Jaitley accuses opposition of hypocrisy on oil prices

New Delhi: Attacking the opposition parties over their stance on the high oil prices, Finance Minister Arun Jaitley on Saturday accused Congress President Rahul Gandhi and his “reluctant allies” of only committing to tweets and media statements on the issue while looking the other way when it came to giving relief to people.

Accusing the non-BJP non-NDA states of hypocrisy, he said most of them refused to pass on to the consumers any benefit of increasing revenues on account of rising oil prices.

Accusing them of rejoicing in the political consequences of the increase in crude prices, he said the “serious problem” could not be resolved by “either tweets or television bytes of some opposition leaders”.

“What are the people supposed to conclude? Are Rahul Gandhi and his reluctant allies only committed to tweets and television bytes when it comes to give relief to the common man?” Jaitley asked in a Facebook post.

Claiming that after including the ad valorem VAT and 42 per cent share in the Centre’s revenue, the states were receiving 60 to 70 per cent of the total oil tax, he said: “Must not the non-BJP states be candid with the people and tell them that both in 2017 and 2018 they refused to give any relief to the people even from their higher revenues.”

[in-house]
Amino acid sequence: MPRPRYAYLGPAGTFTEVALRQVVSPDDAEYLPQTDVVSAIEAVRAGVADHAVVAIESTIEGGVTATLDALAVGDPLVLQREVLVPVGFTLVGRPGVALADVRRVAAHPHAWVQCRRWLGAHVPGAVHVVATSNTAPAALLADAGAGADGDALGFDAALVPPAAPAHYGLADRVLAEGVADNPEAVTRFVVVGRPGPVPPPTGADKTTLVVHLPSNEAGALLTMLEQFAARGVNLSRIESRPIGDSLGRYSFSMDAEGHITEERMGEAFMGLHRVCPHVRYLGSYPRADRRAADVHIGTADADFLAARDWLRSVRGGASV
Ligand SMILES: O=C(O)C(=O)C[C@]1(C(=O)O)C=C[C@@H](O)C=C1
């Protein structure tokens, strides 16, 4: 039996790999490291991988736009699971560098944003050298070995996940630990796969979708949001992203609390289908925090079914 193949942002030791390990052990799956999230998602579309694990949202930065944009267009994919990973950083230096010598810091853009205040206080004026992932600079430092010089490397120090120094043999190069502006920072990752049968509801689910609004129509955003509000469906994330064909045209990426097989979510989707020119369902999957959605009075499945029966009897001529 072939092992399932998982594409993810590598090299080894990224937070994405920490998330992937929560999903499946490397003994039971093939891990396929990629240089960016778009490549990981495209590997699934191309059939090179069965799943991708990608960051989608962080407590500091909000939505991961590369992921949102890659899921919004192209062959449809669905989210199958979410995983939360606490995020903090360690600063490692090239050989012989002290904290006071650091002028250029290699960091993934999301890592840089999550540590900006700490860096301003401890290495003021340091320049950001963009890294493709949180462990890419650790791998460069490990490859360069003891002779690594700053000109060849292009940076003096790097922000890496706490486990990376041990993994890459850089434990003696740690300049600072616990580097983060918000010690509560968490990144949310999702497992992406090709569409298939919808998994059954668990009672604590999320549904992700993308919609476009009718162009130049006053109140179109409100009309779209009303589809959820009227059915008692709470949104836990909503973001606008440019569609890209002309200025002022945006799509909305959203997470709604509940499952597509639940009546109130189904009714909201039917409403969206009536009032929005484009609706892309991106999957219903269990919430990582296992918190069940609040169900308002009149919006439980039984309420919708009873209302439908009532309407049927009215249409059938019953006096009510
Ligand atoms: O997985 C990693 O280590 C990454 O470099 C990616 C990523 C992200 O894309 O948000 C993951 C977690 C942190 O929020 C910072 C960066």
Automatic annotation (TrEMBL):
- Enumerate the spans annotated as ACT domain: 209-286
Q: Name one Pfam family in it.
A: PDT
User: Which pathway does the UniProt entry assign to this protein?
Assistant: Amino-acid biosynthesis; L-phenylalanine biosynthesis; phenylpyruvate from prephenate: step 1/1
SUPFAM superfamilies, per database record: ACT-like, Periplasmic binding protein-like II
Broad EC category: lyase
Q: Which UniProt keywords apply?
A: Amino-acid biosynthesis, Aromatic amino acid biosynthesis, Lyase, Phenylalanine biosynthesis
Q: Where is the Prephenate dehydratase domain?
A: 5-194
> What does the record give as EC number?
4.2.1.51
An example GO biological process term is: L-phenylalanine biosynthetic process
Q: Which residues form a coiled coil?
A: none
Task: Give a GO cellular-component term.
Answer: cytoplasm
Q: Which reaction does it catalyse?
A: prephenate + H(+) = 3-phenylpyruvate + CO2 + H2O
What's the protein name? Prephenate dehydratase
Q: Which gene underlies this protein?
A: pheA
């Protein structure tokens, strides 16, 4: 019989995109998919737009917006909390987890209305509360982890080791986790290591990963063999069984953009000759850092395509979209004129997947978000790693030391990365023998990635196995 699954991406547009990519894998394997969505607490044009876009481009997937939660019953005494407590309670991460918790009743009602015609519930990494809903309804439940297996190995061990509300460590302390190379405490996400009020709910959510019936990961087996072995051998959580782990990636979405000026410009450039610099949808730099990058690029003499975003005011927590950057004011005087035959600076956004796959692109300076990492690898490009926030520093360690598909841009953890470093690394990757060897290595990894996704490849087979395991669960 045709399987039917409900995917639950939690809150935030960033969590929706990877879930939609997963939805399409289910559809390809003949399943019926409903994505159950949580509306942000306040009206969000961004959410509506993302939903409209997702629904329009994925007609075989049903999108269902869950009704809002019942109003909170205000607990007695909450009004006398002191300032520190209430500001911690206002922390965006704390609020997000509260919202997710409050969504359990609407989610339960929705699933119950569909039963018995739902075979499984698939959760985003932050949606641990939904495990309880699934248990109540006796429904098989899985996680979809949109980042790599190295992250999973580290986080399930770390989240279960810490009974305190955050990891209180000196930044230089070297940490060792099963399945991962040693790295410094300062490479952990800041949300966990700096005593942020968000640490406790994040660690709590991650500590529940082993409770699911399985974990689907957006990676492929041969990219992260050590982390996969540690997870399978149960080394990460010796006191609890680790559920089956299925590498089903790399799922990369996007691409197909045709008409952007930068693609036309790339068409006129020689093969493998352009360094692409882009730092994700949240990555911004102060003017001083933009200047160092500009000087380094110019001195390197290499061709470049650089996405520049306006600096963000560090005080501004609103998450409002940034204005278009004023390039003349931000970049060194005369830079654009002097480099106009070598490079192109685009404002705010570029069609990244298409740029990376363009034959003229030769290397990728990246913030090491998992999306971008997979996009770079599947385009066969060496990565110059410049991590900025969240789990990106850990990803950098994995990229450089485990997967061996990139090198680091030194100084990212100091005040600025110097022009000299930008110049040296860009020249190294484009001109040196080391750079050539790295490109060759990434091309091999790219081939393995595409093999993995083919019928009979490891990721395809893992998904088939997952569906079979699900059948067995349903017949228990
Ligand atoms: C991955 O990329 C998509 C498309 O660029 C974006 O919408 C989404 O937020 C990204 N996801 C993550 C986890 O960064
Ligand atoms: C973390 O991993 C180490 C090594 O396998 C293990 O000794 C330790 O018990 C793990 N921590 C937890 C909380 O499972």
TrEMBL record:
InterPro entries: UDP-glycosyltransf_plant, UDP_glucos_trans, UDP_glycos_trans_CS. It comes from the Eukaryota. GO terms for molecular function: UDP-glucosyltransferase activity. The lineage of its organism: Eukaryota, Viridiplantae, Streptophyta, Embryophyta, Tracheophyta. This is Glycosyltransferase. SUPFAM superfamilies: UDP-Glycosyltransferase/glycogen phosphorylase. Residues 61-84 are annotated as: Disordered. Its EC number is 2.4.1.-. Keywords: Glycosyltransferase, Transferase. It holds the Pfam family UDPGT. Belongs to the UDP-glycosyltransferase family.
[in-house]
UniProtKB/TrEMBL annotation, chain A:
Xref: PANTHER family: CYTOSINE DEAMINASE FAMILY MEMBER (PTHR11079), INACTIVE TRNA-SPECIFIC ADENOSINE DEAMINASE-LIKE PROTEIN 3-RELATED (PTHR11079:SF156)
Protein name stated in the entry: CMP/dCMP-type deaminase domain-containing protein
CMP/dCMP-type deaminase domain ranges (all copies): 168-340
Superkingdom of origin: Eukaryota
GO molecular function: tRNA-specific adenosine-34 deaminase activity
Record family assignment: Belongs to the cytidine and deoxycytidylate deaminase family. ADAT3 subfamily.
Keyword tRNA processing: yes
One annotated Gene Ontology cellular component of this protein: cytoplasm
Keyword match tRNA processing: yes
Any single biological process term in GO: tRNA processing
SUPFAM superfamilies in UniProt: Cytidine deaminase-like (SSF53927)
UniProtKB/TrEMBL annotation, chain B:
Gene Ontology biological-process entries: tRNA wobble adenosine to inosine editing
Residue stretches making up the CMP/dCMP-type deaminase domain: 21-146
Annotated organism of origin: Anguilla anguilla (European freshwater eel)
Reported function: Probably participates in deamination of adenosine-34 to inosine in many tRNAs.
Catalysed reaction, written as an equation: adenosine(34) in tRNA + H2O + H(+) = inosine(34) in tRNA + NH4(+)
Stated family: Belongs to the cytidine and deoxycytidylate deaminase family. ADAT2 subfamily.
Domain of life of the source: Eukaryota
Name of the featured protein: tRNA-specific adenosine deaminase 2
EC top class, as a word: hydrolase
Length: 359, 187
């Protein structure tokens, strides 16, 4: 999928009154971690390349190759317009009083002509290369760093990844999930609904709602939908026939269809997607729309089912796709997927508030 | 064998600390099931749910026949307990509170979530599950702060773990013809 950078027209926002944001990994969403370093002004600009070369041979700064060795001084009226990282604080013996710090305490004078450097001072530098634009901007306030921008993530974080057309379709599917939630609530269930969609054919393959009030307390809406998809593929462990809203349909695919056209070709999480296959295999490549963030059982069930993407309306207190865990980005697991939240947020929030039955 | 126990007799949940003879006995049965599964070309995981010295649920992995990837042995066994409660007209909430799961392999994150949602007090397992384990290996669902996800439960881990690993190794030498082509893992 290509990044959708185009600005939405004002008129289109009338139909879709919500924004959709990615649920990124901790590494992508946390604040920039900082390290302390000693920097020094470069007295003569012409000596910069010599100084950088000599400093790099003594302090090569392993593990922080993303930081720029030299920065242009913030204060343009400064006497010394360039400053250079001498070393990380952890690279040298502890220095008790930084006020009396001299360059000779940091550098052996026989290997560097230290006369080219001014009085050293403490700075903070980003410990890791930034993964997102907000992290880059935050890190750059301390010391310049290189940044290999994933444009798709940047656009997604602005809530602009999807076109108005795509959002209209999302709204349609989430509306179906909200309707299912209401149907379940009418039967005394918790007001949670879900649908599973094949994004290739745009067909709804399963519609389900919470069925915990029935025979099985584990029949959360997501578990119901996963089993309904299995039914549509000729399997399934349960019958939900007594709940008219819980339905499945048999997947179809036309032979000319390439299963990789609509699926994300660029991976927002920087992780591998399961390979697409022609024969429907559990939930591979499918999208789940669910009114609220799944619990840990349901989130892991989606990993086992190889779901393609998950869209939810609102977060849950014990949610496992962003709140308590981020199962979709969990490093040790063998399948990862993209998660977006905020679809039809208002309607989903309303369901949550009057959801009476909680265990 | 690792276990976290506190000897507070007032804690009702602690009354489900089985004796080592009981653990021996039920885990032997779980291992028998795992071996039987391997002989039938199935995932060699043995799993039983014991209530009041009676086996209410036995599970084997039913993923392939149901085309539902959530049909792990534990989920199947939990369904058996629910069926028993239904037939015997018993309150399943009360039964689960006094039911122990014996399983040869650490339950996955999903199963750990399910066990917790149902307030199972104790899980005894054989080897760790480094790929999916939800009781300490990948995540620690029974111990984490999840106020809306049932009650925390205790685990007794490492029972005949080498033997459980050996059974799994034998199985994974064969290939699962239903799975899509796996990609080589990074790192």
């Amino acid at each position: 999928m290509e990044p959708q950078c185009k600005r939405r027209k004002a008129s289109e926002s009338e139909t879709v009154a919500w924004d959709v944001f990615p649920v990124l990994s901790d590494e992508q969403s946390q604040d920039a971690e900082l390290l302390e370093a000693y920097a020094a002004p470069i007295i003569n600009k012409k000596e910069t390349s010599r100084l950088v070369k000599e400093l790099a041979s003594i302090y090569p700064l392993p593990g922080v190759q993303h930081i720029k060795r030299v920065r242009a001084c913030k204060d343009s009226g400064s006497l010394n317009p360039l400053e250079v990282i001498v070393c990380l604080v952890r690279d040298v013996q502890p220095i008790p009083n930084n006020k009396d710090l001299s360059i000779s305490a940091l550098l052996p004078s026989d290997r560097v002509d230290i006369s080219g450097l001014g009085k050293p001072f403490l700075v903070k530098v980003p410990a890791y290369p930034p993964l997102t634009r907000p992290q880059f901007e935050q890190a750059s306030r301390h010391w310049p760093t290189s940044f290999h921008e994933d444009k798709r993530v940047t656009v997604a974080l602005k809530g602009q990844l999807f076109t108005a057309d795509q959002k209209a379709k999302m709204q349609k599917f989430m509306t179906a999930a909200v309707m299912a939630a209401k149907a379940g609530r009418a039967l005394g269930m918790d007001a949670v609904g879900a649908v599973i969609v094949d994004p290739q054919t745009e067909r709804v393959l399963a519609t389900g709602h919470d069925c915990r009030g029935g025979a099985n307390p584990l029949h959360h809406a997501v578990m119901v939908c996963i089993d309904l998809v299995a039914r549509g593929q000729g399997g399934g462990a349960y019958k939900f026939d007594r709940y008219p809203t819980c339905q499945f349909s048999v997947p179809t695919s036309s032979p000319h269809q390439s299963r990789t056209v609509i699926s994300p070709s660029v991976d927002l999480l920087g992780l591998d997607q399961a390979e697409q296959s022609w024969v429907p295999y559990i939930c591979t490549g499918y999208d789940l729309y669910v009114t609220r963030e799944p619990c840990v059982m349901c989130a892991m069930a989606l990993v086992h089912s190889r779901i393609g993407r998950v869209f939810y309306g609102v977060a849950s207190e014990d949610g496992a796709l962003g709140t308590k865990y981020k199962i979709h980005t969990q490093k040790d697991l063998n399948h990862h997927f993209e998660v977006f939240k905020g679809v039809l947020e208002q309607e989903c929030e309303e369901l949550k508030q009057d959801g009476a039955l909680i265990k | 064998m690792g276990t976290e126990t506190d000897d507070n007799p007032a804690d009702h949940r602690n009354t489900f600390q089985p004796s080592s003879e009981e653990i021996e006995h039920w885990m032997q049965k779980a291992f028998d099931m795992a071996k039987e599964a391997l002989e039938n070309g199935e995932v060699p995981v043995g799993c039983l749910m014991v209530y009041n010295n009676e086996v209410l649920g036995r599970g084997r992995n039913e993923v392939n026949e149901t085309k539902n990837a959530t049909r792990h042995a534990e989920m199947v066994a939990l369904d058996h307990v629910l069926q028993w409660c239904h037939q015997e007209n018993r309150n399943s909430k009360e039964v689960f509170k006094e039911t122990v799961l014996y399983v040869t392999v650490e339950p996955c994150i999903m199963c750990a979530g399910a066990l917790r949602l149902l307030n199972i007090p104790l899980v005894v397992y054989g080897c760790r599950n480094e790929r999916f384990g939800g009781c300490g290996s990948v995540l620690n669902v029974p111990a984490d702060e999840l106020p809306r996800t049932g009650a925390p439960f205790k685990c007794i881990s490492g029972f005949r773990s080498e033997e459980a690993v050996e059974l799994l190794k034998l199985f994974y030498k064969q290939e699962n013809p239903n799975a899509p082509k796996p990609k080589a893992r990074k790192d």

“They sent out tweets and gave television bytes but when it came to performance, they looked the other way… Even Rahul Gandhi, whose party had inflicted a double digit inflation on India during the past five years of UPA-II, gave television bytes and released tweets advocating a price reduction,” he said.

Accusing critics of doing a volte face by calling the Centre’s decision to cut excise duty on oil as “bad economics”, Jaitley said there was no going back on deregulation of oil prices.

Laying the responsibility on the states to further cut taxes on oil, he said the Centre’s oil tax revenues remain static as it charged a fixed amount, even out of which, 42 per cent is passed on to the states which independently charge their own ad valorem VAT.

“The average VAT rate in the country is about 29 per cent… The states benefit from higher oil prices. Thus, the capacity of the states to give a Rs 2.5 benefit is within their capacity. Yet we have a situation where a number of non-BJP non-NDA states have refused to pass on any benefit to the consumer,” the Minister said.

“I had always maintained that in extraordinary situation, the capacity of an economy to give relief will depend on it’s fiscal strength. In view of the increase, particularly in the direct tax revenue, the Centre decided to give between central excise and the absorptions by the oil marketing companies, a Rs 2.5 relief to the consumer.

“We requested the states to give a similar relief,” he said adding that most non-NDA states refused to do so.

Jaitley said even last October when the oil prices were rising, the Centre had cut down its excise duty by Rs 2 and had requested the states to make a similar cut which most BJP-NDA states did while others refused.

Calling the increase in the international price of crude oil a “serious problem”, Jaitley said it had also impacted the currency situation.

He said while India’s macroeconomic fundamentals were fairly stable and tax collections were encouraging, the high cost of crude oil adversely impacts the current account deficit which, in turn, impacts the currency.